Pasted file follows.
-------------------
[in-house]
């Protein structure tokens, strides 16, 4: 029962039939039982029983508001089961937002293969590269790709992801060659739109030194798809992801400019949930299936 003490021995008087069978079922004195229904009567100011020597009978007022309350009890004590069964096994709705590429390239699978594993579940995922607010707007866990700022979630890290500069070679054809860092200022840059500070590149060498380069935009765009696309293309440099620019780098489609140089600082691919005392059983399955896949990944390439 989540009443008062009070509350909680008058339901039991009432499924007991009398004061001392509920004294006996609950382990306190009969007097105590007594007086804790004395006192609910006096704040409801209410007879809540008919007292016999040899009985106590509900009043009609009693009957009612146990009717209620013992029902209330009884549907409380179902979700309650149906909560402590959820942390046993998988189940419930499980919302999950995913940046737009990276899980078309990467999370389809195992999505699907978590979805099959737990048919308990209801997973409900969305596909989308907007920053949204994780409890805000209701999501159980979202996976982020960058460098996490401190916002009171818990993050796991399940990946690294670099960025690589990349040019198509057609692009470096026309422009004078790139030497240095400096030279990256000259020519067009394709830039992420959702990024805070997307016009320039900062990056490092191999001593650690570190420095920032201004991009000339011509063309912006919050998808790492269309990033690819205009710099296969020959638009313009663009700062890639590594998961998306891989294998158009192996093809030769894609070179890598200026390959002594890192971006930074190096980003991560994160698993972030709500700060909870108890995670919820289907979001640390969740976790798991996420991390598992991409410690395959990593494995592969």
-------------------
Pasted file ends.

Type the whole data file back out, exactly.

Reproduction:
[in-house]
């Protein structure tokens, strides 16, 4: 029962039939039982029983508001089961937002293969590269790709992801060659739109030194798809992801400019949930299936 003490021995008087069978079922004195229904009567100011020597009978007022309350009890004590069964096994709705590429390239699978594993579940995922607010707007866990700022979630890290500069070679054809860092200022840059500070590149060498380069935009765009696309293309440099620019780098489609140089600082691919005392059983399955896949990944390439 989540009443008062009070509350909680008058339901039991009432499924007991009398004061001392509920004294006996609950382990306190009969007097105590007594007086804790004395006192609910006096704040409801209410007879809540008919007292016999040899009985106590509900009043009609009693009957009612146990009717209620013992029902209330009884549907409380179902979700309650149906909560402590959820942390046993998988189940419930499980919302999950995913940046737009990276899980078309990467999370389809195992999505699907978590979805099959737990048919308990209801997973409900969305596909989308907007920053949204994780409890805000209701999501159980979202996976982020960058460098996490401190916002009171818990993050796991399940990946690294670099960025690589990349040019198509057609692009470096026309422009004078790139030497240095400096030279990256000259020519067009394709830039992420959702990024805070997307016009320039900062990056490092191999001593650690570190420095920032201004991009000339011509063309912006919050998808790492269309990033690819205009710099296969020959638009313009663009700062890639590594998961998306891989294998158009192996093809030769894609070179890598200026390959002594890192971006930074190096980003991560994160698993972030709500700060909870108890995670919820289907979001640390969740976790798991996420991390598992991409410690395959990593494995592969």